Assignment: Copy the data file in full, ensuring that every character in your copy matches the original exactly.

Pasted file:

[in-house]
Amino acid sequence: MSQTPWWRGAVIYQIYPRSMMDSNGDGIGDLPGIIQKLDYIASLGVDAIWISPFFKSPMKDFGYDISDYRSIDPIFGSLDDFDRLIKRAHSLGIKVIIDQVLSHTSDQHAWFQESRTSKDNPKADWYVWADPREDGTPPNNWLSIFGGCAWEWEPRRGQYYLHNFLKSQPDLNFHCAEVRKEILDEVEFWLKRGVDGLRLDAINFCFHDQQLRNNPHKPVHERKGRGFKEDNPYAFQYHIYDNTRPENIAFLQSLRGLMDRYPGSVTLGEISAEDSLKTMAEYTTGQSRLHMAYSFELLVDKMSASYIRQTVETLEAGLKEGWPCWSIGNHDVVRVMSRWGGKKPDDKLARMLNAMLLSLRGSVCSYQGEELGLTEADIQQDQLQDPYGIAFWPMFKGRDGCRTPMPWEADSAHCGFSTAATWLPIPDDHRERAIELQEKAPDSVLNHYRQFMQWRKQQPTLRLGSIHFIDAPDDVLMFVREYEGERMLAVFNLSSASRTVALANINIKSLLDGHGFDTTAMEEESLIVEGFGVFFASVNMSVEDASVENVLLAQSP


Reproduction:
[in-house]
Amino acid sequence: MSQTPWWRGAVIYQIYPRSMMDSNGDGIGDLPGIIQKLDYIASLGVDAIWISPFFKSPMKDFGYDISDYRSIDPIFGSLDDFDRLIKRAHSLGIKVIIDQVLSHTSDQHAWFQESRTSKDNPKADWYVWADPREDGTPPNNWLSIFGGCAWEWEPRRGQYYLHNFLKSQPDLNFHCAEVRKEILDEVEFWLKRGVDGLRLDAINFCFHDQQLRNNPHKPVHERKGRGFKEDNPYAFQYHIYDNTRPENIAFLQSLRGLMDRYPGSVTLGEISAEDSLKTMAEYTTGQSRLHMAYSFELLVDKMSASYIRQTVETLEAGLKEGWPCWSIGNHDVVRVMSRWGGKKPDDKLARMLNAMLLSLRGSVCSYQGEELGLTEADIQQDQLQDPYGIAFWPMFKGRDGCRTPMPWEADSAHCGFSTAATWLPIPDDHRERAIELQEKAPDSVLNHYRQFMQWRKQQPTLRLGSIHFIDAPDDVLMFVREYEGERMLAVFNLSSASRTVALANINIKSLLDGHGFDTTAMEEESLIVEGFGVFFASVNMSVEDASVENVLLAQSP